Giovanni Battista VIOTTI (1755-1824)
Quatuor Concertant no.1 in F, G.112 (1815) [22:14]
Quatuor Concertant no.2 in B flat, G.113 (1815) [25:48]
Quatuor Concertant no.3 in G, G.114 (1815) [22:34]
Members of I Solisti di Perugia: (Paolo Franceschini (violin); Luca Arcese (violin); Luca Ranieri (viola); Maria Cecilia Berioli (cello))
rec. Teatro della Concordia, Monte Castello di Vibio, Italy, 2-4 June 2008. DDD
CAMERATA CM-28170 [70:44]
Aside from his Paganini-like reputation as a violinist, Giovanni Viotti is probably best known for his 29 violin concertos, and rightly so. Nevertheless, he also wrote numerous, sonatas, duos, trios and quartets, in all of which the violin writing is dominant - and generally magnificent. Altogether he composed 18 string quartets, although three of these optionally replace the first violin with a flute, and further arranged several of his duos as string quartets. Viotti published the three on this release by Camerata, a Japanese label, as Quatuors Concertants in 1817. They were his last quartets, and differ somewhat from the rest in that the music is more evenly distributed among the four strings.
Despite their relatively late date, there is little of the ethos of Romanticism in these works - they are very much in the spirit of Haydn, right down to the four movement structure and minuet. There is no great virtuosity as such; in its place, moderation and clarity - but also an almost endless supply of cantabile lyricism and melodic invention. The three Quartets are a model lesson in how to write beguiling music of immediate appeal to a wide audience.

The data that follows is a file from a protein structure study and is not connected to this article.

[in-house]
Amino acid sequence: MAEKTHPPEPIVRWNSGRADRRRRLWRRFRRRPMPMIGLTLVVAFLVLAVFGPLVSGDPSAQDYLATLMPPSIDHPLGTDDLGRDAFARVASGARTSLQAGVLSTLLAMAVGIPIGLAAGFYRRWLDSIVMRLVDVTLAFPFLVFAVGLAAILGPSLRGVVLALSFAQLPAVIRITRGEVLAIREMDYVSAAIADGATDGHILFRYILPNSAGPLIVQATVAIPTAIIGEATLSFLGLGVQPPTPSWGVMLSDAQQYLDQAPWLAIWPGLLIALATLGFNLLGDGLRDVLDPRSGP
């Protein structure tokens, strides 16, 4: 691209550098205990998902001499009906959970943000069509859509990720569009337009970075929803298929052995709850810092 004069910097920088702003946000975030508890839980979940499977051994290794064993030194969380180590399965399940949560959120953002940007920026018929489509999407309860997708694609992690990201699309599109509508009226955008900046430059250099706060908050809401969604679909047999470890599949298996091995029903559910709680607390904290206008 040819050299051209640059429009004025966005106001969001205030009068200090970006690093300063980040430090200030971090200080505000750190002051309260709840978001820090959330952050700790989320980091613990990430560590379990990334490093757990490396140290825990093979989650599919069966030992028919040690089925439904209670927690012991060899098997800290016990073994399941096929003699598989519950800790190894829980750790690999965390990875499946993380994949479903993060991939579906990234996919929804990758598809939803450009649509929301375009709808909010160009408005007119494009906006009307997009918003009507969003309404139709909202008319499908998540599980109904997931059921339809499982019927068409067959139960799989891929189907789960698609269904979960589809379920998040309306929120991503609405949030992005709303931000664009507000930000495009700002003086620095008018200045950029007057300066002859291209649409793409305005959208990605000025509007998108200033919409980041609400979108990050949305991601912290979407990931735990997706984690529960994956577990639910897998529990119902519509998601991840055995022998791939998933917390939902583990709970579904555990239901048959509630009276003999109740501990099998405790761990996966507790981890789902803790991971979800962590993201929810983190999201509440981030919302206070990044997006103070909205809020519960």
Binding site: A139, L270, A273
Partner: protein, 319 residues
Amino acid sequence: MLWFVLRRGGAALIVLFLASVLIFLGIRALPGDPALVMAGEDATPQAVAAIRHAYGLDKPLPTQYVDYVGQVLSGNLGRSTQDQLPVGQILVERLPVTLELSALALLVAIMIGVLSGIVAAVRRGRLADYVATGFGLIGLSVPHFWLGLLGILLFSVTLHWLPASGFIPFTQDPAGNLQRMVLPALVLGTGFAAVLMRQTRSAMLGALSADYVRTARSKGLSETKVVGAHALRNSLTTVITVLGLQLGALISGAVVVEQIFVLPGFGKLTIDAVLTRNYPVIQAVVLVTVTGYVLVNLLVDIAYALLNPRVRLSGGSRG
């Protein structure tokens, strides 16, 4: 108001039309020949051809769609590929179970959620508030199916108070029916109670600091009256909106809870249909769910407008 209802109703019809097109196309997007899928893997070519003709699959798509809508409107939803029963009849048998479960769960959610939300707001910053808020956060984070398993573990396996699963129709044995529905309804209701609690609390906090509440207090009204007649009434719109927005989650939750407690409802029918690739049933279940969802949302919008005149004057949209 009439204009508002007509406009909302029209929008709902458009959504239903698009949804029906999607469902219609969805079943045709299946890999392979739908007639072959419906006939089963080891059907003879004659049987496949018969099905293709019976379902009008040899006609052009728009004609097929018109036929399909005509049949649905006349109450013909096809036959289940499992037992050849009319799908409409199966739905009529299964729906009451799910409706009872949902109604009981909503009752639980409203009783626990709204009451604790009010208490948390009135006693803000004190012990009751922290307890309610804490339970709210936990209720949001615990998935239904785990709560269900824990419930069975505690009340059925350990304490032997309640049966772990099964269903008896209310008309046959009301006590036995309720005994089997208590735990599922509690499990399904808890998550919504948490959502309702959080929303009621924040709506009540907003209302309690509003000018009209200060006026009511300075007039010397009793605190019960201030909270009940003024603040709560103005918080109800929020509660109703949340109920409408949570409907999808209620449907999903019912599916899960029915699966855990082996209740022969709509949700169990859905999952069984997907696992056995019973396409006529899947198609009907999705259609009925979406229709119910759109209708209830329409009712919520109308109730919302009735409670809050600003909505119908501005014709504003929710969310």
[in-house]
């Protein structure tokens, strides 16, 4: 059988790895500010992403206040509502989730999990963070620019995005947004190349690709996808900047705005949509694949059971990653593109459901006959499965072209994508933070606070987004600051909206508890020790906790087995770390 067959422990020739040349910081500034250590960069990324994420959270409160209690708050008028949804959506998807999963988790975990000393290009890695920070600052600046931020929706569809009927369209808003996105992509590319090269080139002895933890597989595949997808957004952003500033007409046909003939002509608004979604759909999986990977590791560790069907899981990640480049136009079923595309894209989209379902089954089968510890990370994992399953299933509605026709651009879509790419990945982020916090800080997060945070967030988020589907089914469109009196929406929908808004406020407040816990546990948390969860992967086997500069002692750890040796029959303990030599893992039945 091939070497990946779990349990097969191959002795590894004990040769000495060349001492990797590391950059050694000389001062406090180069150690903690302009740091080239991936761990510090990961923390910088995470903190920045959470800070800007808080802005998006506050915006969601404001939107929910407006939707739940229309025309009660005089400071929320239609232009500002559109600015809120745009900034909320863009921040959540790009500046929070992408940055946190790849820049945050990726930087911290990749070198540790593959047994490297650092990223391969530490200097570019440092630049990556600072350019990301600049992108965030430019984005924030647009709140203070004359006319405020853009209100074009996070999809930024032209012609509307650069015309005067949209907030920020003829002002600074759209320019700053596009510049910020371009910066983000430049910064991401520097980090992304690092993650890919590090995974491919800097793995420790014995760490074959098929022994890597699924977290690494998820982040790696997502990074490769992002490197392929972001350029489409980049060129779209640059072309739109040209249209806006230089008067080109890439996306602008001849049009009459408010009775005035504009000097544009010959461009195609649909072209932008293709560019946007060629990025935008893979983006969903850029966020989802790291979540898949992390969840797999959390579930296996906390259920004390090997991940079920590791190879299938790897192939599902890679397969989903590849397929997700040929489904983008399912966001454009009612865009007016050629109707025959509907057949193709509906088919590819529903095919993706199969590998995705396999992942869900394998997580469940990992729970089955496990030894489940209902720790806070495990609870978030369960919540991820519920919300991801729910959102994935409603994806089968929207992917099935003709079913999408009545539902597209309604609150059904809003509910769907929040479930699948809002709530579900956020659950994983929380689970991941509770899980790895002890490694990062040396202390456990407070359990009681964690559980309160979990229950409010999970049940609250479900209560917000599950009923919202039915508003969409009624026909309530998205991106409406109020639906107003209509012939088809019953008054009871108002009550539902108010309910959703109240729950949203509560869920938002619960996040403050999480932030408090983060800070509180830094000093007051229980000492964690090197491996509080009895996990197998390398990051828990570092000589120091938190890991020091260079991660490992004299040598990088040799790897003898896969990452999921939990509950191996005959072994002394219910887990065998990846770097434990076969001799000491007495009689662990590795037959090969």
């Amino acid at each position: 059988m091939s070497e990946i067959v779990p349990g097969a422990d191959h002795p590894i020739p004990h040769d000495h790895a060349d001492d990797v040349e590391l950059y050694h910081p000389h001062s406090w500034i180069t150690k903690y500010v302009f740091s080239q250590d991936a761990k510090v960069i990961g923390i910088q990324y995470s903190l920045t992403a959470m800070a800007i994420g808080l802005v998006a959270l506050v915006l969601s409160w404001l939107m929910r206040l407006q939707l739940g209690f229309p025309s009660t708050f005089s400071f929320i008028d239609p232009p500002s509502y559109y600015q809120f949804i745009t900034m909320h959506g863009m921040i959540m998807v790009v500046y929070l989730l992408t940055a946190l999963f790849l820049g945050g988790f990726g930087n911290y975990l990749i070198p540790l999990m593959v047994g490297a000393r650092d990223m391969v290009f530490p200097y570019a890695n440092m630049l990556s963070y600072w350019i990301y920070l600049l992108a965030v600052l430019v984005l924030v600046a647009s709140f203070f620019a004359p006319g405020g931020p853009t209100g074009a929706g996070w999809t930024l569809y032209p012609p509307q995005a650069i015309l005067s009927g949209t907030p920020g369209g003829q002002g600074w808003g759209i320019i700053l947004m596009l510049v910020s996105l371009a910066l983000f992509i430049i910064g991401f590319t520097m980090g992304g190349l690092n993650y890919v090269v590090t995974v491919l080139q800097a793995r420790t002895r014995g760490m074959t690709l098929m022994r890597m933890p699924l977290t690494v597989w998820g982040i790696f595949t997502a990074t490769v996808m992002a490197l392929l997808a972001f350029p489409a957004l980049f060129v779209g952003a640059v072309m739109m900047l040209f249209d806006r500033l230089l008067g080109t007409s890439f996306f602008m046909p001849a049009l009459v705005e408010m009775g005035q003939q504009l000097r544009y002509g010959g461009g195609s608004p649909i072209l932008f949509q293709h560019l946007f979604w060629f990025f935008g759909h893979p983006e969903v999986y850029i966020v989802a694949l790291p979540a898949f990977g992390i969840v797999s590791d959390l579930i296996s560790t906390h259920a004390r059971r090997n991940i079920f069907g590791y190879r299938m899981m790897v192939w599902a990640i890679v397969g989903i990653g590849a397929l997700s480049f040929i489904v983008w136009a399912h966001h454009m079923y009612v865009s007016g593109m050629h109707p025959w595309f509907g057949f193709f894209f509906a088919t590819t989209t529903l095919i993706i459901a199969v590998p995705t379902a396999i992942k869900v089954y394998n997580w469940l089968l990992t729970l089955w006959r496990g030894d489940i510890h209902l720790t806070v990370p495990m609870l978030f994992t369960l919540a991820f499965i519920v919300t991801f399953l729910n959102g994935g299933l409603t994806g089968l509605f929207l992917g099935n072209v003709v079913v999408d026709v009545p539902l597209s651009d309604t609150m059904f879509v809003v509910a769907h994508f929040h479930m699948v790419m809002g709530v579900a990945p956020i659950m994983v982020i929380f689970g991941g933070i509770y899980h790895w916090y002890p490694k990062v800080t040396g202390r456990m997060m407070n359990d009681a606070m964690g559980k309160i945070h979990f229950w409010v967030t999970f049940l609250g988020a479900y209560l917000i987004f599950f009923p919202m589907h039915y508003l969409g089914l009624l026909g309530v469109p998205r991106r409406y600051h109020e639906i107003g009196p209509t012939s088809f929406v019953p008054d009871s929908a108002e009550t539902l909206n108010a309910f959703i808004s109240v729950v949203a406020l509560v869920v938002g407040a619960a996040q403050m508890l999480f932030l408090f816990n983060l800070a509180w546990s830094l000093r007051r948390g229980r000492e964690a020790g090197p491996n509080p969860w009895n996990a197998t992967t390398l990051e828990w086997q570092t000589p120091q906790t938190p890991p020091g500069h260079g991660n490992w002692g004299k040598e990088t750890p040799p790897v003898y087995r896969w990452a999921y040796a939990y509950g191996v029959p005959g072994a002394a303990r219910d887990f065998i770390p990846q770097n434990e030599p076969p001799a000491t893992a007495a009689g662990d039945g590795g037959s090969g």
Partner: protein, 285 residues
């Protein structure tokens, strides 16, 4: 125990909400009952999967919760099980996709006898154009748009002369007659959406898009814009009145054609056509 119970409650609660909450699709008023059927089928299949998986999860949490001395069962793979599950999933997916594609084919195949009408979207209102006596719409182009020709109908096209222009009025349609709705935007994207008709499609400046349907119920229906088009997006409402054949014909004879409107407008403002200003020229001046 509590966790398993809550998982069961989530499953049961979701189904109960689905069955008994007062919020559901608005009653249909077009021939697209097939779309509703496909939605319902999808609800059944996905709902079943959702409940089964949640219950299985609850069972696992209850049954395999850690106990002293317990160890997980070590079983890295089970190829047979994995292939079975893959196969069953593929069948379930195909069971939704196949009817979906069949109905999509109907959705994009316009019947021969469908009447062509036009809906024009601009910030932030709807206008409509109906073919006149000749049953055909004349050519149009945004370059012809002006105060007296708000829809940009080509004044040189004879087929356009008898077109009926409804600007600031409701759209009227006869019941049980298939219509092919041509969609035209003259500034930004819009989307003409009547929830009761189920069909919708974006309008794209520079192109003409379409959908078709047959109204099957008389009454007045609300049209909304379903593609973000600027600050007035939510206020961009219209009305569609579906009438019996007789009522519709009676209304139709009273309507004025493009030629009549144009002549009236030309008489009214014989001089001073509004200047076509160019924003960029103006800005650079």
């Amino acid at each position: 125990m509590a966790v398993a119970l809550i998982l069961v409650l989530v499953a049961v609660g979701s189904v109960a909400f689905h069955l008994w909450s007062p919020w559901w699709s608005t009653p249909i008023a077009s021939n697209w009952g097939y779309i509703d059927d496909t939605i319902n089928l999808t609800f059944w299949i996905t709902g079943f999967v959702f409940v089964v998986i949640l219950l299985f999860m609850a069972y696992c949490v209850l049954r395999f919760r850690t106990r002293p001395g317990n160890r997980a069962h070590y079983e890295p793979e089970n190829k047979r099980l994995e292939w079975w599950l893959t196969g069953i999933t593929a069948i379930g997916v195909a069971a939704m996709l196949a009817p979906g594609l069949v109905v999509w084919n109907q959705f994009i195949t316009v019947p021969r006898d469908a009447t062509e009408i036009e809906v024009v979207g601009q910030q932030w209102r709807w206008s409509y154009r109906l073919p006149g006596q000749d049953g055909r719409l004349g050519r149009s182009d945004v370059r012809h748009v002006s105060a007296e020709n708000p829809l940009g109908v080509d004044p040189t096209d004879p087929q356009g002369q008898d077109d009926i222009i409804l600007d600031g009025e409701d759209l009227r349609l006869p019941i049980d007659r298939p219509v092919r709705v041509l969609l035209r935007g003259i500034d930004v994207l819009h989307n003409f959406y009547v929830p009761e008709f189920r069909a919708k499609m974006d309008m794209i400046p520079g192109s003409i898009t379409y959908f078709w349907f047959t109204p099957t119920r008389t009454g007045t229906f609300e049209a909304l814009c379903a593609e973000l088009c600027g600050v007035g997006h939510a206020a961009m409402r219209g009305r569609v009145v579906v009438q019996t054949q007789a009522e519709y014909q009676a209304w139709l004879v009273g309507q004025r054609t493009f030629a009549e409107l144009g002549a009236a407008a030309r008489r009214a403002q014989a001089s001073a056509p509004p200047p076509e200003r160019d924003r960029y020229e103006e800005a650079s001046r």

The website of I Solisti di Perugia, the Italian chamber orchestra from whose members the four soloists here are drawn, indicates a discography, achieved in only ten years, of at least 24 recordings, typically of 18th to early 19th century repertoire, so they are well versed in the conventions of the music. The soloists here perform solidly; whilst there is no great abundance of enthusiasm or excitement, nor are there any great lapses of discrimination, although judging by the tone of one of the violins, they do seem to be flagging slightly by the G major Quartet, in which there also appear to be a couple of recording mis-edits affecting the cello.
Sound quality is good on the whole, although the microphones are so placed that they pick up the sometimes excessive inhalations of at least one of the soloists, who sounds a little catarrhal. Also, there is a suspicion that a fraction of a second is missing from the beginnings of some tracks, particularly 5.
The booklet itself is reasonably attractive and informative. Although the essay on Viotti is, thankfully, written by a native English speaker, the biographies of the soloists unfortunately are not: "where she continued her studies with A. Bonucci passing out at the top of her class" - another example of editorial indiscretion undermining somewhat the quality of a finished disc.
No great abundance of enthusiasm or excitement, nor are there any great lapses of discrimination either.